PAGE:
Now some time in the mid to late 80's Duaine Esslinger had mentioned to me that he heard of a 4 valve head being done in Argentina. This is just after I had begun traveling to Taubate Brasil, and I queeried through my friends in Taube and San Paulo. They thru the network could not learn of any such head at Ford or even outside, perhaps aftermarked. This was never verfied and no one in North America ever saw any parts. At least not in Dearborn or Southern California.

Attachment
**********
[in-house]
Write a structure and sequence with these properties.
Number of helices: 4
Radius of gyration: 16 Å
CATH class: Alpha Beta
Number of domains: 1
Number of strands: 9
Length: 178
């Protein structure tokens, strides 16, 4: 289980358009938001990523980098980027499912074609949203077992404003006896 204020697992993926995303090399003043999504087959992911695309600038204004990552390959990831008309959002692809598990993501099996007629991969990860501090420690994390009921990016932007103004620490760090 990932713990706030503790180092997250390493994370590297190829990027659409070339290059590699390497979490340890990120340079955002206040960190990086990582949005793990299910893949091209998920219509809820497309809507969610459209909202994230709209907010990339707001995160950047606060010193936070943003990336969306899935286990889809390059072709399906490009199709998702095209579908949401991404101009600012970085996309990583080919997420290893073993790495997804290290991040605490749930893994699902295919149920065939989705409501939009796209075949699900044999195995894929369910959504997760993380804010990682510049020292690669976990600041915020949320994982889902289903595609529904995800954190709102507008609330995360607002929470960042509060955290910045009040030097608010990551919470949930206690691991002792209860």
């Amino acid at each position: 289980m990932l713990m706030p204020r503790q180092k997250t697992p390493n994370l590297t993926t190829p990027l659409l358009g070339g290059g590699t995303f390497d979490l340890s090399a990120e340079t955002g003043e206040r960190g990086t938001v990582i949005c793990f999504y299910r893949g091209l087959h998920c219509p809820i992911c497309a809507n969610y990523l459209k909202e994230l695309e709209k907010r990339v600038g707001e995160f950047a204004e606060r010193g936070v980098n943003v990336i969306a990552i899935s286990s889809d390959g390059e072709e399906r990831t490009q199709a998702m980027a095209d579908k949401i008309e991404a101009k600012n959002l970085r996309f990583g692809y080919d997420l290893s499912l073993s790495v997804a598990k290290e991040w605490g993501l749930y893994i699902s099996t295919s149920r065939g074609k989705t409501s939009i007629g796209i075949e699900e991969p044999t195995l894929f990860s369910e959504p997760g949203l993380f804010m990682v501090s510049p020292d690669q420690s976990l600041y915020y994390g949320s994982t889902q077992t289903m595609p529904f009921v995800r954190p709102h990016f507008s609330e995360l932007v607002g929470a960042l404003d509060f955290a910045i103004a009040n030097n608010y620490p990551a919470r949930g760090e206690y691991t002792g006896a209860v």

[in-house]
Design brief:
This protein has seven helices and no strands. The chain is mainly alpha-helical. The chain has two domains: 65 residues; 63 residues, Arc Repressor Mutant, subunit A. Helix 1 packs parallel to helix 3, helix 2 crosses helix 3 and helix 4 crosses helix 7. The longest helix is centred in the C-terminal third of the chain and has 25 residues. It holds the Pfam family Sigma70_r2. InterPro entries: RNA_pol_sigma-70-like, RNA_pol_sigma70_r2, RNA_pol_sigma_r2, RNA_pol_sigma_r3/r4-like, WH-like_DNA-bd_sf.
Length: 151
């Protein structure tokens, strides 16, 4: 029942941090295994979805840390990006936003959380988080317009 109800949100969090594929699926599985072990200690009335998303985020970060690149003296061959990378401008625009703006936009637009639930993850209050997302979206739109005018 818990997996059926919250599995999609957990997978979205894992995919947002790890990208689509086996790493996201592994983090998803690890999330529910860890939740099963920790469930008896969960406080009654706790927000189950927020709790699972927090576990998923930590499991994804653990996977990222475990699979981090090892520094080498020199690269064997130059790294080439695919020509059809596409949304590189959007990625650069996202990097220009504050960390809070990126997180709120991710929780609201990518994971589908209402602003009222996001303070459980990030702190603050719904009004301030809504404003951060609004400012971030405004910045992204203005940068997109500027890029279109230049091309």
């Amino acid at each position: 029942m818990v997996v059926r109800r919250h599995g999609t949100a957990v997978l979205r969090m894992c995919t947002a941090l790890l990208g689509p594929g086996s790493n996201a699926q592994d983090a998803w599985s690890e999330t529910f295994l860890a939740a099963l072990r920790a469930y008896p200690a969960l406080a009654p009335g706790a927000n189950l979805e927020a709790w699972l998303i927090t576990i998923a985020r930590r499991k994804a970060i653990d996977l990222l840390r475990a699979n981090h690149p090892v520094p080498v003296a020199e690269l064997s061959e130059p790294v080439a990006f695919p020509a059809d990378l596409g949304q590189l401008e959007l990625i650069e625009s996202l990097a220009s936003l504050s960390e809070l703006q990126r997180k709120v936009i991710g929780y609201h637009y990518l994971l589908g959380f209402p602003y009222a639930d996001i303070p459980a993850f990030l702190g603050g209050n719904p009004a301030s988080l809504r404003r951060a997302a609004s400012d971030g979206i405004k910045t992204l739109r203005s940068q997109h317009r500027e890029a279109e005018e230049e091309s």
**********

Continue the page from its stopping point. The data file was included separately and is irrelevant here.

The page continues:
The 4.6L 4 valve Modular engine was born, and everyone who studied it knew the design of the cylinder heads was quite nice. Especially for a mass produced peice. Valve train geometry was good, with a quiet hydraulic system and roller rocker arms that have been working quite well in other applications. It was decided by Ford to initiate a 4 valve head for the 2.3L OHC. The design assumptions included utilizing the 4.6L design intent and the head looked sort of like a copy of the modular head. Thats ok, especially if it works. This was at the beginning of the Full Service Supplier initiative and Roush Technologies was given the job of completing prototype components. Yes, the same Jack Roush as Roush Racing does a tremendous amount of engineering and manufacturing for the Big three in the Detroit area. How is it we think he could have built the racing deal into a profit making business. Not without some real money making deals around. Especially before Winston Cup. At any rate, they produced some really nice castings, developed the valve train and produced a number of fully functional parts. (I don't know how many). At the beginning of the program it was rumored that Roush absorbed part of the head tooling costs for the rights to produce special parts for their own use. (now do you call this foresight or what).